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In Logistics services, the management of capacity plays a significant part in the overall cost profile of the logistics operation. The Logistics CPU (Cost per unit) is often under-scrutinized, and the proportionate relationship between customer demand and actual cost isn’t adequately managed. This article focuses on defining a working/operating model for a client and its logistics partners to keep the expenses reduced and to adopt a dynamic capacity profile to the changing demand situations.
Traditionally a Lead Logistics 3PL (3rd Party Logistics) company will generate the capacity plan for the fixed assets that it operates and for the variable resources it needs to execute the operations in line with demand profile from a B2B or a B2C operation. This serves to successfully satisfy the required service level agreements (SLA’s) that a client requests. A secondary result of this process is to provide the client with a budgetary profile for the Logistics Company to run processes to satisfy the SLA’s. However, there is often a miss-alignment in the business drivers between the client and 3PLs, and this can lead to certain behaviors and business rules that prohibit true efficiency realization.
"Clients will re-visit what is core to their business and focus on service partners that can build cognitive solutions that can monetize the data"
A discussion on “Open Book versus Closed Book” contracts may naturally occur when raising this observation, but my experience has shown that inefficiency is inherent to both commercial models. On one hand, an open book means that resources must be produced as a tangible cost to run the SLA’s. It does not say that the modeling and business rules applied delivers a truly efficient workforce. Time & attendance systems (T&A) can help to calibrate behavior, but proportionate overhead rules will still see an overpricing element to the cost of the Logistics. A closed book may incentivize a Logistics company to pursue continuous improvement naturally, but why should that benefit be solely redeemed by the 3PL? And think of this – how does the baseline cost get modeled before agreeing to the fixed rate or volume based price? Through an inefficient modeling activity. The result is that the 3PL easily delivers its annual cost down requirement (usually 5%) without having to do too much and operates to a significantly higher margin than what would be expected by the client. In some instances on both models, I have seen as much as 25% over pricing for service. Either though operating higher FTE’s (full-time employee’s that are not truly needed) or a sales profile that is higher than it should be to maintain fair and reasonable margins. In this space that would be 7% - 10% typically. Reality is that some Logistics organizations are returning significantly higher profits.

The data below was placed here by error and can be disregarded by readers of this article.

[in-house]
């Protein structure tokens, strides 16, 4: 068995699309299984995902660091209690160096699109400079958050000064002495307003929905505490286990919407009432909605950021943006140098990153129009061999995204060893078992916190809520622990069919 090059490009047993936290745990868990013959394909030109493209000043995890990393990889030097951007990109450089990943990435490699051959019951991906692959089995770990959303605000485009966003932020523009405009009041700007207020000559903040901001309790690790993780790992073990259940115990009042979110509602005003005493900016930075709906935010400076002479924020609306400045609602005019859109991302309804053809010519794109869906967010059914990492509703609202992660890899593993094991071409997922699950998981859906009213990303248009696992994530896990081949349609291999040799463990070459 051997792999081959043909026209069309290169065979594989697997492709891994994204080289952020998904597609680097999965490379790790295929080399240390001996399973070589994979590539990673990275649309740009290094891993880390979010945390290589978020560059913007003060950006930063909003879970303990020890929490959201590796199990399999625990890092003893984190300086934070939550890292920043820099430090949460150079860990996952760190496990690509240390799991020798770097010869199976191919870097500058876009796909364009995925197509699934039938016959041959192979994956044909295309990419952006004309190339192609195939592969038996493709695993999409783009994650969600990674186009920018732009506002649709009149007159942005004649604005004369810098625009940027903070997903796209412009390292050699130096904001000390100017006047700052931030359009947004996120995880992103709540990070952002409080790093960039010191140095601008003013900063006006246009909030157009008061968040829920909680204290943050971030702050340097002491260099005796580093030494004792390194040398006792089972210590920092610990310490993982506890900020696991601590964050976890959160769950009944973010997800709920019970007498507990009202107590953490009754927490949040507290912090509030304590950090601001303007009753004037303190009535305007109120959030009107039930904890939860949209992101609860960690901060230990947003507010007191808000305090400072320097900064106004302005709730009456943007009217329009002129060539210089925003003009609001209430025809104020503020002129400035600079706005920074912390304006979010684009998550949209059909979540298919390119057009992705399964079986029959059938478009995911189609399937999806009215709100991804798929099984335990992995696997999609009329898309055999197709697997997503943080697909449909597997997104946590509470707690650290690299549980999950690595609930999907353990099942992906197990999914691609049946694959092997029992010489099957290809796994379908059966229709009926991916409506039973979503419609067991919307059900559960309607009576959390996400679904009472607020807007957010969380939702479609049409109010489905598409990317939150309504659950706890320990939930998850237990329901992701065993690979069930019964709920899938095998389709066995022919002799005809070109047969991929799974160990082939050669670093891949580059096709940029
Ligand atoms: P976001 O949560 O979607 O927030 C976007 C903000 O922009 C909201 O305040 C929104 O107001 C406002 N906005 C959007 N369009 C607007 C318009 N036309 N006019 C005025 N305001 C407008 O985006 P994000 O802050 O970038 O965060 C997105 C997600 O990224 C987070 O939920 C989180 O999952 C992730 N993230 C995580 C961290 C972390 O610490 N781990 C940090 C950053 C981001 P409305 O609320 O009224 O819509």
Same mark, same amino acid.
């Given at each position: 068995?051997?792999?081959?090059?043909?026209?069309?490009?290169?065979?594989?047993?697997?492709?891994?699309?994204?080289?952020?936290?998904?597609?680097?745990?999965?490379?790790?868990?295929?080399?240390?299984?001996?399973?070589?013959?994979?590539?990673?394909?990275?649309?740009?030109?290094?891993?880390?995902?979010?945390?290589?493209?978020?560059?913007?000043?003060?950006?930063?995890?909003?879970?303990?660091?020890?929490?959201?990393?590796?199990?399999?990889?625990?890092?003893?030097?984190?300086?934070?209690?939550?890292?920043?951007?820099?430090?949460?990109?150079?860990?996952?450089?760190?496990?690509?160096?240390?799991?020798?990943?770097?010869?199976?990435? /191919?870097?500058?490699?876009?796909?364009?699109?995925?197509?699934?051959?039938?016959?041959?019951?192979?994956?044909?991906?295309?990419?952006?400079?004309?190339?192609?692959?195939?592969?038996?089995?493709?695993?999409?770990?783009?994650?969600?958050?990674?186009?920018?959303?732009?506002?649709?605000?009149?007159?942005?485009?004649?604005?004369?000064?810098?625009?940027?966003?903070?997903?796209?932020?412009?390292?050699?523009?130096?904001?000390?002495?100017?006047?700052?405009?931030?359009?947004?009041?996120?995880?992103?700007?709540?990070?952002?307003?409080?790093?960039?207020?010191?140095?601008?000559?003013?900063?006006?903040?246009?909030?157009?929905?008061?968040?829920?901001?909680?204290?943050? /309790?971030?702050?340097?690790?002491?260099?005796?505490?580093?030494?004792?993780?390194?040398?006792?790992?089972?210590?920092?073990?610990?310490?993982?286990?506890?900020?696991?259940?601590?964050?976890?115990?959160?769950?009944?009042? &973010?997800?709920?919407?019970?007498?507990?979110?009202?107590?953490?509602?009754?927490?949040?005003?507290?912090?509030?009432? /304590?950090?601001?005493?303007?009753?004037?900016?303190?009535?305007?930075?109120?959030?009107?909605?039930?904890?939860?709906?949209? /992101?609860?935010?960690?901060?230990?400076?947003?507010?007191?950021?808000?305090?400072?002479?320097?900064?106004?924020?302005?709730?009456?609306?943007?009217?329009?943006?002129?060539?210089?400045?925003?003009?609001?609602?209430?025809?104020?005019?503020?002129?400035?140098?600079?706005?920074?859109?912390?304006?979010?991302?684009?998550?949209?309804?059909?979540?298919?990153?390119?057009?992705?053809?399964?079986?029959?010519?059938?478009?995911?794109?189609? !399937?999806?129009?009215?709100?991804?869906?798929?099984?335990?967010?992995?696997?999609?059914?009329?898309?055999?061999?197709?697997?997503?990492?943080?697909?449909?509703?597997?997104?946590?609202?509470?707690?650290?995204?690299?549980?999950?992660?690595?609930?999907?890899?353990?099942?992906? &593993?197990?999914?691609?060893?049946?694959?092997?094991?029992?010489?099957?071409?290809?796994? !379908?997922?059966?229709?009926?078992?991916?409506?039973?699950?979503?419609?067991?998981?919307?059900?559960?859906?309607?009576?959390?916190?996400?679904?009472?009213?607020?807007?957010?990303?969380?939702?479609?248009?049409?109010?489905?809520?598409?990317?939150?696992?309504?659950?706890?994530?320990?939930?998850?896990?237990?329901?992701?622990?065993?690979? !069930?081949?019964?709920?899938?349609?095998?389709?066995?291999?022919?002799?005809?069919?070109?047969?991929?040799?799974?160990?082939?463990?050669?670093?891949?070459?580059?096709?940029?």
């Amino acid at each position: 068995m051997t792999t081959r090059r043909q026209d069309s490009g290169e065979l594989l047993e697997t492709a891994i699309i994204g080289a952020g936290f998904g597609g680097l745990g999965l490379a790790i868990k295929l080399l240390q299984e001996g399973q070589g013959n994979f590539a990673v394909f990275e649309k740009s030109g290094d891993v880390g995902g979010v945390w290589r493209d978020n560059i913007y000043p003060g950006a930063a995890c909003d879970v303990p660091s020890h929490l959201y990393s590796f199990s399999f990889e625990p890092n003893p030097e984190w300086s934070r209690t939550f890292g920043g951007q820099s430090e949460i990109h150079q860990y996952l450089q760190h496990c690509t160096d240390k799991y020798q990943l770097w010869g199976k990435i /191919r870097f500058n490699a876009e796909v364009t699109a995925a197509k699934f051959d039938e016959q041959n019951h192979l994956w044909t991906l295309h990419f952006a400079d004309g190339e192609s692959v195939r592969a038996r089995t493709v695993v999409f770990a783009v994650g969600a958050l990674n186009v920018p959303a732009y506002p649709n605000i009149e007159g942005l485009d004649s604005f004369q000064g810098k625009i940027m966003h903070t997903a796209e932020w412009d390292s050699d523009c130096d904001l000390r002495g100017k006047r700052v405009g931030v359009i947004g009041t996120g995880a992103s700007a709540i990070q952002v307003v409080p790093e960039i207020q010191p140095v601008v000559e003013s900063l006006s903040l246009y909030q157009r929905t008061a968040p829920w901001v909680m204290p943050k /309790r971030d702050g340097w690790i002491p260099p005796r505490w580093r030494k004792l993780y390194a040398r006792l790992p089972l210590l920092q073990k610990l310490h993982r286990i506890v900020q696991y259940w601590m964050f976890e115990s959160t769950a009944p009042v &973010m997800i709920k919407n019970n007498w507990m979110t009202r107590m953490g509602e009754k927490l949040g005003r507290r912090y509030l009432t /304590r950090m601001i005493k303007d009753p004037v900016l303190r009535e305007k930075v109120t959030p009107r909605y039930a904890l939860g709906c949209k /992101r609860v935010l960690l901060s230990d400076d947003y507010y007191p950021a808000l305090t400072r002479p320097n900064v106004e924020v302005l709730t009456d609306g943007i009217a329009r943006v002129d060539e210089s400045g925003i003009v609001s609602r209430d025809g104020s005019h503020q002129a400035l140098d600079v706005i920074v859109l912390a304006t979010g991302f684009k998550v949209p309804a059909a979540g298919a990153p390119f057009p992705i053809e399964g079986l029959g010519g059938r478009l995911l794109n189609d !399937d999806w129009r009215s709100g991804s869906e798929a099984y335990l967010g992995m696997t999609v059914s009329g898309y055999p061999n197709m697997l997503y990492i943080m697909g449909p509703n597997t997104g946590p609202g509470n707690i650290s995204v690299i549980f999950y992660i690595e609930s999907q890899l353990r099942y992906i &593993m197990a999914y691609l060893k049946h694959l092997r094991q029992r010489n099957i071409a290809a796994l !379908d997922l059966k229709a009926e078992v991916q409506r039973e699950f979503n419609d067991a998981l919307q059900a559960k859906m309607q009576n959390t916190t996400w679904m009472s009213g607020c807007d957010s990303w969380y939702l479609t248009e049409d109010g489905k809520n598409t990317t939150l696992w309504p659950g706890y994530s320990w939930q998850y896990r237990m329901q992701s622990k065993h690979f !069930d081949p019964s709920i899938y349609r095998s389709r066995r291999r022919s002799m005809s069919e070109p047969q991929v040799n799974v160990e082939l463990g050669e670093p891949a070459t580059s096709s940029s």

Utilization and container fill (Inbound & Outbound) is another area that follows a similar problem. In some instances, the 3PL is also the transportation contractor and suffers from the same challenges drive genuinely efficient planning solutions. The 3PL merely focuses on the execution, and this again creates an adverse cost profile – assigned to the Logistics organization’s footprint. My market research has shown manufacturing is performing at 65% - 80% fill, whereas retail is returning a higher level of 90% - 95%.
I am sure that some of you may be thinking automation? Of course, it can factor in, but often the investment is very high. In a time of where complexity is increasing through diverse product lines and types – by no means, it is solely the answer. True efficiency comes from using a mixture of automation, robust business processes and advanced information technology. Data is our friend when it is managed in the correct way and at the right time.
Over recent years in automotive supply chain, I have found that there is a gap in the market for independent Logistics management services. In similar benchmarking studies I discovered that Industries such as Retail and manufacturing are not taking full advantage of technology in this field. To this date, the subject of cost is mainly dependent on the effectiveness of a procurement department with a lack of KPI’s to guide them on spend management. Going forward it is critical to balance supply chain core capabilities with technology, but not forgetting the cross-party processes and collaboration. By approaching this differently, clients will open up opportunities through the use of IoT, AI, and data which is connected, collaborative and cognitive. The aim of being insight driven versus hindsight driven. As we move forward, I believe there will be a shift in the thinking of outsourcing logistics services. “Clients will re-visit what is core to their business and focus on service partners that can build cognitive solutions that can monetize the data.” This will not necessarily be the traditional 3PL, but technology partners that will deliver the business processes that influence the cost profile of the extended value chain. Let us not forget that Logistics is part of the value chain and this is very much an area to focus on.